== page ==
We flatter her.

Better to describe her as a mere container for what is really important, and, unfortunately, necessarily attached to her – her labor power. Since this container requires so much food, water and shelter in order that its precious contents – her humanity – be present for work each week to be consumed, we might substitute for this container, a Chinese container, or an Indian, Brazilian, or Mexican container – each of which require that much less care and feeding.

The inflation of the prices of goods as against their value when measured in ounces of gold, as seen in the charts above, is, therefore, the relentless intensification of the enslavement of the worker, the ruthless application of financial violence of the most extreme sort by the most inhumane and predatory gang of sociopaths ever to dominate society in the entirety of human history.

The absolute debasement of the worker is the necessary condition for the debasement of money.

If we compare the chart from the Great Depression of the 1930s to the chart from the Great Stagflation of the 1970s, a number of questions immediately come to mind, not the least of which is why does the dollar measure of GDP and the gold measure of one and the same GDP diverge?

The Great Depression of the 1930s

The Great Stagflation of the 1970s

If your answer to this question is, “Because the dollar was debased from gold and replaced with a symbol (or token) of money – with mere piece of paper, even dancing electrons – in 1933”, you have overlooked precisely the thing you should be explaining; namely,  why gold money had to be replaced by paper money in the first place.

Paper money has always coexisted with gold or some other metal based money. It served as the representative of this money in transaction whenever the use of metal money was inconvenient to the exchange of goods. It was, however, only a substitute for metal money and served only such limited functions as a substitute where metal money was not needed in its own metal bodily form; for instance, to settle accounts between nations, or when money was used as a store of value (hoarding).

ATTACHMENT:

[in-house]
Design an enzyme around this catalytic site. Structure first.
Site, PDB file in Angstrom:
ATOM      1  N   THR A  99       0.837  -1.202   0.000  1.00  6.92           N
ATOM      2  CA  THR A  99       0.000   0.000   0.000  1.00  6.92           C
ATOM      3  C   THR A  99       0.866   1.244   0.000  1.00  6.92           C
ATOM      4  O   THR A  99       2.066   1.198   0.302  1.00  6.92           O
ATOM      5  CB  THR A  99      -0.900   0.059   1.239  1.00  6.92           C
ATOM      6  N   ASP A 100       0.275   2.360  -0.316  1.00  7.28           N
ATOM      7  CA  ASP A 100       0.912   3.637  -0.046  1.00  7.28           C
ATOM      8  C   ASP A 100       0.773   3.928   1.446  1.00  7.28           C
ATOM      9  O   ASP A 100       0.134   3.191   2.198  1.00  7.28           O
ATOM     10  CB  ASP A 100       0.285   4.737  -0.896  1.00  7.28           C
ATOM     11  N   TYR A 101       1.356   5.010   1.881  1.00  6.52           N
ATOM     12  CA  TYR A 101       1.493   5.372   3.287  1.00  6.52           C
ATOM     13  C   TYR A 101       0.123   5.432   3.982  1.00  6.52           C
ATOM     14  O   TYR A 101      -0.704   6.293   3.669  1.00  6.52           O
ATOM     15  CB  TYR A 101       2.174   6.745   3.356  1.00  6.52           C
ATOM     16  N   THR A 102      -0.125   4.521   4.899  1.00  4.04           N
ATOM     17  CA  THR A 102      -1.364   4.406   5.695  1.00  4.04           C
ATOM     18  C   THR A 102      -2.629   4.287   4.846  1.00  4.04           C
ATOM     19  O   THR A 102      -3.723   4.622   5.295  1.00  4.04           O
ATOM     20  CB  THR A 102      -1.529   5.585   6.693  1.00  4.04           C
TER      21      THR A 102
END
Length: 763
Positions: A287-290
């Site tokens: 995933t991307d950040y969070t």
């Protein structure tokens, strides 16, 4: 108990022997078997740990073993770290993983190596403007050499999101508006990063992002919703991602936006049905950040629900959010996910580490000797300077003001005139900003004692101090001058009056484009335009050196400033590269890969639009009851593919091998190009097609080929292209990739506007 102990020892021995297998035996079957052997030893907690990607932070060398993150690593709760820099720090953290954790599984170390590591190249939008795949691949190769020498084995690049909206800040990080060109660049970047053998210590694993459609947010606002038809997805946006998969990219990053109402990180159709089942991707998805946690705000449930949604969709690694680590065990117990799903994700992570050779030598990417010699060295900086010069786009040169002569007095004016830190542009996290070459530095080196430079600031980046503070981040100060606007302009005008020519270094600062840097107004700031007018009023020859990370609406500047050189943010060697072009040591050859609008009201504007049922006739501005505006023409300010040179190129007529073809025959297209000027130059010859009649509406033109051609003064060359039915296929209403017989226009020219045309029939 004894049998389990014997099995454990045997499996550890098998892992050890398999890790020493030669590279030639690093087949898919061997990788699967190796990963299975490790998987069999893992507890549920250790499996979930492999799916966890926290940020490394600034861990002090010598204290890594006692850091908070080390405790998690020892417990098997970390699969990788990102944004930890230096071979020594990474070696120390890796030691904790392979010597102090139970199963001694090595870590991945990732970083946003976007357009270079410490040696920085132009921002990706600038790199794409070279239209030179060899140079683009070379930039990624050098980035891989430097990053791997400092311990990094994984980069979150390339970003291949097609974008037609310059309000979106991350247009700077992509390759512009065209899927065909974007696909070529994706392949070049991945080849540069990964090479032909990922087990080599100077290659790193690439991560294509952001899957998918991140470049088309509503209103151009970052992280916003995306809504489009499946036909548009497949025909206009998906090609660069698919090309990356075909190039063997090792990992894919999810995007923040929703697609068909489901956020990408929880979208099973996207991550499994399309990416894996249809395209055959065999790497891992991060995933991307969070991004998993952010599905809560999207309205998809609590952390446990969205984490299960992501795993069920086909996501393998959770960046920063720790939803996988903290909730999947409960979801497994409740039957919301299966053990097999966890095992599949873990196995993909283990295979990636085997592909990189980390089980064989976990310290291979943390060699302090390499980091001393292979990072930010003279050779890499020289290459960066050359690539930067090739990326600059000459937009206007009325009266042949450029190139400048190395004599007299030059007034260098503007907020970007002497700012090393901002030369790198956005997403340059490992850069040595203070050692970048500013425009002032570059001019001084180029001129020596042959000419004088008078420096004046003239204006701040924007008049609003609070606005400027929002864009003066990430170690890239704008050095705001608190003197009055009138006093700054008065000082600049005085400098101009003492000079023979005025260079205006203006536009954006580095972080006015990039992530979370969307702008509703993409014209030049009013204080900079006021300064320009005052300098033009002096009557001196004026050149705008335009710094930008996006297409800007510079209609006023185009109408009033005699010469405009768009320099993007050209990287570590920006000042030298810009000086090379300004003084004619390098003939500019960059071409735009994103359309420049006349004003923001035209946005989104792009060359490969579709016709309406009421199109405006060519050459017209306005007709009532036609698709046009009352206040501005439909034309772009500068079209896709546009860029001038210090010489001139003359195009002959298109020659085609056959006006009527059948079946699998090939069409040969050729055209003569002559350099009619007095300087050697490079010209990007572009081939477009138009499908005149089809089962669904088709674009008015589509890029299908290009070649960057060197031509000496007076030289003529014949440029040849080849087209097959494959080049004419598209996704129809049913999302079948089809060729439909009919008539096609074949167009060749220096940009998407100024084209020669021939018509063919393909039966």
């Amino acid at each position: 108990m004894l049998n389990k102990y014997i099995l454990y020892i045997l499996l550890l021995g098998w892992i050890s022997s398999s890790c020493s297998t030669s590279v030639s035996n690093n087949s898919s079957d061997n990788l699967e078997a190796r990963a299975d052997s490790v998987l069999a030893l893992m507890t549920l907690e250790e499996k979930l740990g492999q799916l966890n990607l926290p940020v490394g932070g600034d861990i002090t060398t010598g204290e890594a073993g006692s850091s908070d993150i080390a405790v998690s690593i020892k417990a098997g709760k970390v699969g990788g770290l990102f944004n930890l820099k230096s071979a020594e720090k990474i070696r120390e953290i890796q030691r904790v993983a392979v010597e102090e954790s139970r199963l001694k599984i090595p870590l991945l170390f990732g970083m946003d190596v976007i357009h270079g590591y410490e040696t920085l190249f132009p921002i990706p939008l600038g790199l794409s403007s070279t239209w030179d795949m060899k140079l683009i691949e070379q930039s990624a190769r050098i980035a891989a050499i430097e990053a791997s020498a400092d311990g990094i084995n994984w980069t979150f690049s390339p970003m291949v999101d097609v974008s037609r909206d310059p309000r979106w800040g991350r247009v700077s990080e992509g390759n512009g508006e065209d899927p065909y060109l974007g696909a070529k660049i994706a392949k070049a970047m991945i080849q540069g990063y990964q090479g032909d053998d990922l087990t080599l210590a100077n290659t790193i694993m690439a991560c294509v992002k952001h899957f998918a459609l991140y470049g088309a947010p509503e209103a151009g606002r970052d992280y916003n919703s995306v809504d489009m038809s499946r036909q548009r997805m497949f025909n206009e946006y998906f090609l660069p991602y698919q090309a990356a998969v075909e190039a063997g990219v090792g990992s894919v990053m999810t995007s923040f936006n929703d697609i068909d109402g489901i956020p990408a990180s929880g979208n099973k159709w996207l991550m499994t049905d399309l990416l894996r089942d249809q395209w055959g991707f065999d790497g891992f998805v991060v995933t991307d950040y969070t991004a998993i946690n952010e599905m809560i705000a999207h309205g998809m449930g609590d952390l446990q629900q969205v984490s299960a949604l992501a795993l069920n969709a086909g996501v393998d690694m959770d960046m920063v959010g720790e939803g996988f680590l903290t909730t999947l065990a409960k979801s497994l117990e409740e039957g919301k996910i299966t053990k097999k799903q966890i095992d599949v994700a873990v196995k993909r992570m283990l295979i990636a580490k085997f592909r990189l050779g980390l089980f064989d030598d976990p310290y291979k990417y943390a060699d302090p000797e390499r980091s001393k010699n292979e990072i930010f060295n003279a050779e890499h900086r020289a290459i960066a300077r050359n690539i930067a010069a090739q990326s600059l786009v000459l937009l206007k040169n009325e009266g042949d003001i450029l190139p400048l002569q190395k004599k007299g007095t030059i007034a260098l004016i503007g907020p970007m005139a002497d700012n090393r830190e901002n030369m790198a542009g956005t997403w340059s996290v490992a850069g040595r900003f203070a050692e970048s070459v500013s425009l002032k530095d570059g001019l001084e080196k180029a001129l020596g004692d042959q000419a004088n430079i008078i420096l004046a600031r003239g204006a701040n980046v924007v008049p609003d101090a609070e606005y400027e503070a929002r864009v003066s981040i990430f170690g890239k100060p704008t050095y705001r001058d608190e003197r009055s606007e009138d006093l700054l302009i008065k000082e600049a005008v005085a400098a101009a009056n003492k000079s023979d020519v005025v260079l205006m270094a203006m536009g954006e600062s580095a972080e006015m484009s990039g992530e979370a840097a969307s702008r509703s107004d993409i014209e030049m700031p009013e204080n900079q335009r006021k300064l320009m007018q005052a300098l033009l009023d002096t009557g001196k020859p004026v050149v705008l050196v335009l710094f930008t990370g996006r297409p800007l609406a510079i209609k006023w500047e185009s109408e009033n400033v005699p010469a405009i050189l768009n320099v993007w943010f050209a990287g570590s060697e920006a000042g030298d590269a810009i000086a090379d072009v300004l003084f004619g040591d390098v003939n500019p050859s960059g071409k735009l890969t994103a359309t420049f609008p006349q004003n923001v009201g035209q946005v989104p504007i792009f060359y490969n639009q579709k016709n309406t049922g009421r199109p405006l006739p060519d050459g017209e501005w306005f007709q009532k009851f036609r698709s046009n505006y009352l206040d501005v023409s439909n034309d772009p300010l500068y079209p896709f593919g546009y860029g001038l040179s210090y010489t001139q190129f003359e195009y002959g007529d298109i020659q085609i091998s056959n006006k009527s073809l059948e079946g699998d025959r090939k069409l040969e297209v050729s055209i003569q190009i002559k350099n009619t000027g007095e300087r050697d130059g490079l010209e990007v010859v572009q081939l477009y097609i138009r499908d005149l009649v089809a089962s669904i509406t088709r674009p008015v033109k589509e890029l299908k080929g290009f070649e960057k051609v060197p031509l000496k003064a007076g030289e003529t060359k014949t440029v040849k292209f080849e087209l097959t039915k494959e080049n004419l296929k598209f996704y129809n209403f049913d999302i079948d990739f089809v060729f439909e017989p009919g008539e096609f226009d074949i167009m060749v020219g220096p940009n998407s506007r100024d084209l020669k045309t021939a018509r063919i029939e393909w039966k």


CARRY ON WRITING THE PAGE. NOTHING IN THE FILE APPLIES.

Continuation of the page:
Even in transaction where money need not be present in its metal form, the paper which served as its substitute had value based on the fact that it represented this metal, and only to the extent it represented this metal. So, for instance, Confederate money, during our own Civil War, became worthless because it was printed in large quantities beyond what could be redeemed for the face value of the paper in gold.

If we only focus on what happened to the Confederate paper money, however, we miss an important point: what was happening from the standpoint of Confederate society. As holders of Confederate paper money, they saw prices continually rising for everything; while as holders of gold, prices were stable, perhaps even falling!

When money was debased from gold in 1933, the two aspects of this double reality each became conferred on a different portion of society. The United States was divided between the holders of gold, on the one hand, and those who used the debased paper currency, on the other.

Paper money versus Gold